Sales David vs. Goliath

After the Monopolies and Expropriation post, I started thinking about my own experience against larger competitors. While working as a consultant for a medium-size local soda company in the Caribbean, I remember the sale's entry barriers we had against large soda corporations.

With their economic power, large soda companies were able to place cooler machines in small stores where, even without an exclusiveness contract, store owners were told that if they introduced other sodas like ours, the cooler machines and their well-known products would be taken away. They would also sign exclusiveness contracts with schools in exchange of painting their basketball courts or installations with the brand name. When a new product was introduced in larger retail stores, their older products would not reduce their shelving space for the new inclusion, but our assigned shelving space would be the one affected and products would be taken away and arranged by their own merchandisers. We were constantly talking to store’s employees in order to respect our space and had to make greater merchandising efforts.

When we hired some sales supervisors that worked earlier for one of the large soda corporations they admitted to us: “We used to break your returnable soda bottles.” Soda bottles are the company’s property, not the stores, and have to rotate at least 3 times in order to pay for its own materials. If you break them before that, you are affecting the company’s costs directly. Large-corporation’s sales workforces would have instructions to exchange their own brand bottles instead of ours to the small retail stores and then break the bottles. This meant having to create detailed inventory controls and having to constantly produce new bottles.

Here are some tips for small but rough-fighting in sales:

1. Do not fall for a dirty game, play tough but without illegal or unethical practices. If consumers find out you are playing dirty your brand will suffer more than a well-position brand. On the contrary, if you are small and being treated unfairly, your brand can have the “David vs. Goliath” effect where everyone roots for the weaker.

2. Show your product’s own advantages without talking bad about the competition. Our sales force would have to convince retail stores to introduce the products even though they were not well known and gave no additional bonuses such as coolers or POP material. You won't get sales just by saying you are better than international brands, client's won't buy the idea because perceptions are strong. Give store owners and even their costumers a taste of your products so they gain trust in your brand and let them build their own appreciations. At the end, some small stores even used the competition’s coolers and stands to place our products.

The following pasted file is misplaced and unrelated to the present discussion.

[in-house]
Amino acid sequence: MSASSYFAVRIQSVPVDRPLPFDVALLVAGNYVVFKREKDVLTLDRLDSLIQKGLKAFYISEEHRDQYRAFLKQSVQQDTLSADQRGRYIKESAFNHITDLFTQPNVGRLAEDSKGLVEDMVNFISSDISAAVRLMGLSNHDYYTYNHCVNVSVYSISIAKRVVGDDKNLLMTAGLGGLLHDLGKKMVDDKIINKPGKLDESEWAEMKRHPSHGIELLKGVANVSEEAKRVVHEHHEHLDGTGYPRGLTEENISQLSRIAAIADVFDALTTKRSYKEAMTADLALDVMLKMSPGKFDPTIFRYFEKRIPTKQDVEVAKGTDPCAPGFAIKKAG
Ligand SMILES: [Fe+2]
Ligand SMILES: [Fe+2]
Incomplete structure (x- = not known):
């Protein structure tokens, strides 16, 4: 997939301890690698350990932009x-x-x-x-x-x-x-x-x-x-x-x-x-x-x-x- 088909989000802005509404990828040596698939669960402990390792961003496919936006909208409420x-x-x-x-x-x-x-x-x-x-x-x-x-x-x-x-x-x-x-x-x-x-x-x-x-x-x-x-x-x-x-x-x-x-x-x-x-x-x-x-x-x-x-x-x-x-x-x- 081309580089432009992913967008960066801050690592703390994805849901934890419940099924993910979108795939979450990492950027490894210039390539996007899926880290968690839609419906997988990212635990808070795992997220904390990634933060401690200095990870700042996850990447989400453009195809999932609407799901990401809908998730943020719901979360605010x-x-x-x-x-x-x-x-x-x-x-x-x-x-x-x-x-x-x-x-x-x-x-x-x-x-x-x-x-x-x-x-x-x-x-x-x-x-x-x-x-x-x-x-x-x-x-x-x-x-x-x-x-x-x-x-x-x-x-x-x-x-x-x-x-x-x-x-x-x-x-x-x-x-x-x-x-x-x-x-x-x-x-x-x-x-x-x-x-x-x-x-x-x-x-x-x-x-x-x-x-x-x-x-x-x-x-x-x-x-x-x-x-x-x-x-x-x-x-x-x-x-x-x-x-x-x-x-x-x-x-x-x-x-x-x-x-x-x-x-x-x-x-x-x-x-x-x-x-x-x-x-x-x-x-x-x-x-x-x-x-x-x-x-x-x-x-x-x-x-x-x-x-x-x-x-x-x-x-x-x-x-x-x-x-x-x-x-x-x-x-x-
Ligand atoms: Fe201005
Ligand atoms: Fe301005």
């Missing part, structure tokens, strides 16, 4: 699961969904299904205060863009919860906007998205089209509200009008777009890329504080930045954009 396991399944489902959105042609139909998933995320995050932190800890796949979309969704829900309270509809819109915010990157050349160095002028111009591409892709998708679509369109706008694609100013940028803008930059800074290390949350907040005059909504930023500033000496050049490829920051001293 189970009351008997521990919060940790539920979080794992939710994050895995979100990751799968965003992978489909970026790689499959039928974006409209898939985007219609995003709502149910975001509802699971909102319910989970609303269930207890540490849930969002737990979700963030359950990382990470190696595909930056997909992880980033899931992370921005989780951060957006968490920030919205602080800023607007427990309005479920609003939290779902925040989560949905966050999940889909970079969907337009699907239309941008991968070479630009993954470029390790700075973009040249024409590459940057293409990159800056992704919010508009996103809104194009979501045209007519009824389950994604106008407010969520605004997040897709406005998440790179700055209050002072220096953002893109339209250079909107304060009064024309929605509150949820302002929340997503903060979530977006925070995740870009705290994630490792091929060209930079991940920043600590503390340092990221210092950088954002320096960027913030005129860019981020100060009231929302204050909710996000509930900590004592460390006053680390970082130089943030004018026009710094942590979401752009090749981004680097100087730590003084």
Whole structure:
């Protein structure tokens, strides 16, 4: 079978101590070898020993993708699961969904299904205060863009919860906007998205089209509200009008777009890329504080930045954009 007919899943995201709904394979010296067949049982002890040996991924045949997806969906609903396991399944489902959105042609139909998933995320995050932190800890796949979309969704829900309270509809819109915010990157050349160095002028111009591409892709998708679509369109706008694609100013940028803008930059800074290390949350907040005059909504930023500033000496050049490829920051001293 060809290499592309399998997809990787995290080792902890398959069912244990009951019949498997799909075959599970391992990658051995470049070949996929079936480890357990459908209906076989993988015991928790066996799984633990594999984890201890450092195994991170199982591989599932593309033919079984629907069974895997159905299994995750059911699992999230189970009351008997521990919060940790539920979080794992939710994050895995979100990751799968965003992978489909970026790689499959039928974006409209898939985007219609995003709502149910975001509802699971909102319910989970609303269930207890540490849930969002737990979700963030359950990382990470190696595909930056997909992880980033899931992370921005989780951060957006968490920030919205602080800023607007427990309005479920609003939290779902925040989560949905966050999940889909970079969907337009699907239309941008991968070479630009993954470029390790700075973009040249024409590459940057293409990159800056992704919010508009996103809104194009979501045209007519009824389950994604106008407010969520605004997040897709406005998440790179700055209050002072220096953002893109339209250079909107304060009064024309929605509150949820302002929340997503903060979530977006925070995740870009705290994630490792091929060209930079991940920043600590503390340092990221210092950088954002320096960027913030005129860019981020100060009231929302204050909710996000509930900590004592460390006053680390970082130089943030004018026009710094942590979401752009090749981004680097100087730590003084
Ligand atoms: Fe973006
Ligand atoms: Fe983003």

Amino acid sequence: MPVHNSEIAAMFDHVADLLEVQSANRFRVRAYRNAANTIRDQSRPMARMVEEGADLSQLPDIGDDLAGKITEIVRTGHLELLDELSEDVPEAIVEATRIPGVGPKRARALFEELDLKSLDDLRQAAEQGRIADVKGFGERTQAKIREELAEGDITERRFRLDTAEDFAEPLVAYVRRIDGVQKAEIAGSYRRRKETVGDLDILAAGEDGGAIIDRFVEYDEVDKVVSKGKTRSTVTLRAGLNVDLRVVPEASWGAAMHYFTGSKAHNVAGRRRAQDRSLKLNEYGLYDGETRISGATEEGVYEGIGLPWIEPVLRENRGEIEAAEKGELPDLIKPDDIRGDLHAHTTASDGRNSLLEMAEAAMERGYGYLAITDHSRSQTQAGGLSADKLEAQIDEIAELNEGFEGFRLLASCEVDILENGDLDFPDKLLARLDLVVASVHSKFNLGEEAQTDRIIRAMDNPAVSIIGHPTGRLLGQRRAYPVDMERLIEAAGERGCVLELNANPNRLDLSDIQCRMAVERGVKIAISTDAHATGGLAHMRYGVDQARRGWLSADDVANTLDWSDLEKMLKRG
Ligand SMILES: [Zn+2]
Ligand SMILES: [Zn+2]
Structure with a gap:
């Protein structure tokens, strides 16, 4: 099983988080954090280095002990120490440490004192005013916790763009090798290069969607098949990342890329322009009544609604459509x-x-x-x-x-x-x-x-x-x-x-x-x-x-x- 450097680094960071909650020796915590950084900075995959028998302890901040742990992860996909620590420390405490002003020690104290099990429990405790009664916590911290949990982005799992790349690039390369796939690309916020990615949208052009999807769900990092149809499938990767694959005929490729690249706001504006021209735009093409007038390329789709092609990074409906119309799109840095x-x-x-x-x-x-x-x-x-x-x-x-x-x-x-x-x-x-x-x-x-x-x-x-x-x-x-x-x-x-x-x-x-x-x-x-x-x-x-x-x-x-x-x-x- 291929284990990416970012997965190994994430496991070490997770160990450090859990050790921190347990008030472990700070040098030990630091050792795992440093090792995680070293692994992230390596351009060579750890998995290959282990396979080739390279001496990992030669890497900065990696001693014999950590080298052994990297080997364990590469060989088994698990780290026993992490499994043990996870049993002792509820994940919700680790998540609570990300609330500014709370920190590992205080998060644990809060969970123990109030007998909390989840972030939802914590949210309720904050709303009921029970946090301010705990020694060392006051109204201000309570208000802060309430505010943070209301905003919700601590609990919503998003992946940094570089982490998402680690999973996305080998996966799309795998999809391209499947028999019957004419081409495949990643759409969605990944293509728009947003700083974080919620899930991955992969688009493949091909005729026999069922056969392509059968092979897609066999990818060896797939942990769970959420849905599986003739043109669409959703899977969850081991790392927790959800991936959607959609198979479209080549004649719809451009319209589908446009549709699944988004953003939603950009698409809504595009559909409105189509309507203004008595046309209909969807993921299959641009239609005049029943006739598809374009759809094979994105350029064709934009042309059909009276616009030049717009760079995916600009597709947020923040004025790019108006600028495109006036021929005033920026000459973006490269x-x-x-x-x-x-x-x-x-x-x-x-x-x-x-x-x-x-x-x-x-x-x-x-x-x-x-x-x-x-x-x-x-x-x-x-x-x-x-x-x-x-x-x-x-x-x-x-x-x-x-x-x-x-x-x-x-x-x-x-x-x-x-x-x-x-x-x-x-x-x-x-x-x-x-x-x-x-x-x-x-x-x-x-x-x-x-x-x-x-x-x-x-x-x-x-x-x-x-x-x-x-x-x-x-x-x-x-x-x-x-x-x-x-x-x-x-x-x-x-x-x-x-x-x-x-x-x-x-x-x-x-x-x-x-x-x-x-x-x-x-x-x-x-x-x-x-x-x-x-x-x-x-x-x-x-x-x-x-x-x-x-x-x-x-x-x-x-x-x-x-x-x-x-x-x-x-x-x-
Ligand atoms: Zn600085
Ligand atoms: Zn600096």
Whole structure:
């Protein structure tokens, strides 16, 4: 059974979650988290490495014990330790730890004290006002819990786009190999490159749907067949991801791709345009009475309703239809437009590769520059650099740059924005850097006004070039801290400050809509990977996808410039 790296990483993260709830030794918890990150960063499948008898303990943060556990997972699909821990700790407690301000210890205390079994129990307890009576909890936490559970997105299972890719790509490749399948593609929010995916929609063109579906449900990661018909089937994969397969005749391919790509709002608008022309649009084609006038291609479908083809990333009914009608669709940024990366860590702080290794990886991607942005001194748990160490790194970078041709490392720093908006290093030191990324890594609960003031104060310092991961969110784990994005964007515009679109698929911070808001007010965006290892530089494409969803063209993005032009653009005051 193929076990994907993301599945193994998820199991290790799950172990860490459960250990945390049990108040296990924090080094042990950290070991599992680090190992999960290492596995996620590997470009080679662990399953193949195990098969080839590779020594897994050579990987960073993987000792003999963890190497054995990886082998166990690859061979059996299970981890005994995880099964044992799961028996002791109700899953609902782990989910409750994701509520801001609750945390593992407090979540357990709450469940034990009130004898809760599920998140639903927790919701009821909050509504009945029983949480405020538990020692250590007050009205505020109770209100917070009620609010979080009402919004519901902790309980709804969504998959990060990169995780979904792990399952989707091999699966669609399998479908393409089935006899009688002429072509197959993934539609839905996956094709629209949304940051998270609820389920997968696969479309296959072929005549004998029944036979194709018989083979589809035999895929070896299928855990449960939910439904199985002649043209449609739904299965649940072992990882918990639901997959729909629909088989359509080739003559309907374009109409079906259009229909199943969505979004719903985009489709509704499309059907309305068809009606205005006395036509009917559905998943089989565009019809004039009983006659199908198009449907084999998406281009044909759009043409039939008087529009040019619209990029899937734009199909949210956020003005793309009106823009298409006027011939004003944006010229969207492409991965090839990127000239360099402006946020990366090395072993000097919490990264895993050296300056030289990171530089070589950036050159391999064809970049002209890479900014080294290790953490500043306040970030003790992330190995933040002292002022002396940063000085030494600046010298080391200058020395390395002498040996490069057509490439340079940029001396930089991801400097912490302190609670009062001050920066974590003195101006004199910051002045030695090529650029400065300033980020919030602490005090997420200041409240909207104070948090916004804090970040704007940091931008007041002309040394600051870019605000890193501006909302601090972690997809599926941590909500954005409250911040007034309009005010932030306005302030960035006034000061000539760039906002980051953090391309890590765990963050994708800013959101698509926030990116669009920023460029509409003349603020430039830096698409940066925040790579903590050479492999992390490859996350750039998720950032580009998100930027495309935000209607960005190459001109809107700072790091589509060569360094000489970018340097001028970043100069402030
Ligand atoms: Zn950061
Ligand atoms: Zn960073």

3. Always show why having variety is important. Tell store owners how they can’t always stick to the usual brands and how they will give a better service if they have a wide variety of products, especially in price or quantity variations in SKUs.

4. Customer attention and personalization is essential. Larger corporations may have better products, quality perception, advertisement, etc. but as a small company you have to offer a better personalized attention to your clients, even if it includes more frequent sales visits or longer taking sales.

5. Have at least one clearly differentiated product. For example, the medium-size company had a Coconut taste soda, which none of the large international corporations managed and became a flag product.

6. Have good relationships with Merchandisers and all store’s employees. Remember these are the people that are going to help you have a better shelving , product arrangement, presentation and even advertisement materials. It can be the difference between having your product infront of a brand or being in the back of another brand. They are sometimes even the ones that tell the owner what sells and what is stuck in inventory. Never underestimate their power and influence.

7. Act local. Work along with society and create close connections, sometimes large international corporations can’t detect and satisfy local needs.

The picture for this post was taken from a special event we held for “Chubby” an imported soda brand for kids, commercialized (but not produced) by the local soda company. This is what I mean with point 7.

1 comment:

  1. Mike IMT8.9.10

    Excelente post... diferenciación y packaging tambien son aspectos claves. Pero hay un factor emocional que al menos funciona muy pero que muy bien en los paises latinoamericanos: "Este producto esta hecho por manos "inserte nacionalidad aqui" y puede ser que alguna de esta gente sean amigos o parientes tuyos". Toma chantage emocional jajajaja. Funciona.